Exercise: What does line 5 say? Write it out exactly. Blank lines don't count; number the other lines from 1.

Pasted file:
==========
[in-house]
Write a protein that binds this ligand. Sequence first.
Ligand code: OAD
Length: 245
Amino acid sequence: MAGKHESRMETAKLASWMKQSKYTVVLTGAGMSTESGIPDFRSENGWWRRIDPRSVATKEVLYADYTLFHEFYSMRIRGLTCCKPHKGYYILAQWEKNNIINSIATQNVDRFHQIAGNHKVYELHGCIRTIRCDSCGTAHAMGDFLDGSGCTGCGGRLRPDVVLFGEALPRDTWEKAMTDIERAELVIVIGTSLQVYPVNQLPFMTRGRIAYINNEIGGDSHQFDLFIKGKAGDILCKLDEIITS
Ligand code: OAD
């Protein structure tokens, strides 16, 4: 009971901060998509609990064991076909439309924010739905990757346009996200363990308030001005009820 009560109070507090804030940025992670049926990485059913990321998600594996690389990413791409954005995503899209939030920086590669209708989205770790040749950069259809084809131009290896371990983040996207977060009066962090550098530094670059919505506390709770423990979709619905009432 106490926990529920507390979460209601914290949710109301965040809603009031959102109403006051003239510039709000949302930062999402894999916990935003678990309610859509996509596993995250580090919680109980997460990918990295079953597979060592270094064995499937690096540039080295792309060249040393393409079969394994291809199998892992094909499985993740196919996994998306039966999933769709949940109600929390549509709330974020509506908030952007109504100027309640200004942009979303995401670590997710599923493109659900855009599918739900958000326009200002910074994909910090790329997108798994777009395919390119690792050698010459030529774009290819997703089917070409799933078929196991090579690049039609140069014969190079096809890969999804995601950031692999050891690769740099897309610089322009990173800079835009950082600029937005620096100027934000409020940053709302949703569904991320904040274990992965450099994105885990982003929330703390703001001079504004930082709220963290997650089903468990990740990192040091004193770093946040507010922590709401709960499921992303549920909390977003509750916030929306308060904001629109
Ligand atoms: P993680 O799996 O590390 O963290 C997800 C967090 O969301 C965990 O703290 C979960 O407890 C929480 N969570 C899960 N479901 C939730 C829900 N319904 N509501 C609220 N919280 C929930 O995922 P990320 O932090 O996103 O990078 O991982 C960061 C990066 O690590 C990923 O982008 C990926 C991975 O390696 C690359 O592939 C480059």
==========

Amino acid sequence: MAGKHESRMETAKLASWMKQSKYTVVLTGAGMSTESGIPDFRSENGWWRRIDPRSVATKEVLYADYTLFHEFYSMRIRGLTCCKPHKGYYILAQWEKNNIINSIATQNVDRFHQIAGNHKVYELHGCIRTIRCDSCGTAHAMGDFLDGSGCTGCGGRLRPDVVLFGEALPRDTWEKAMTDIERAELVIVIGTSLQVYPVNQLPFMTRGRIAYINNEIGGDSHQFDLFIKGKAGDILCKLDEIITS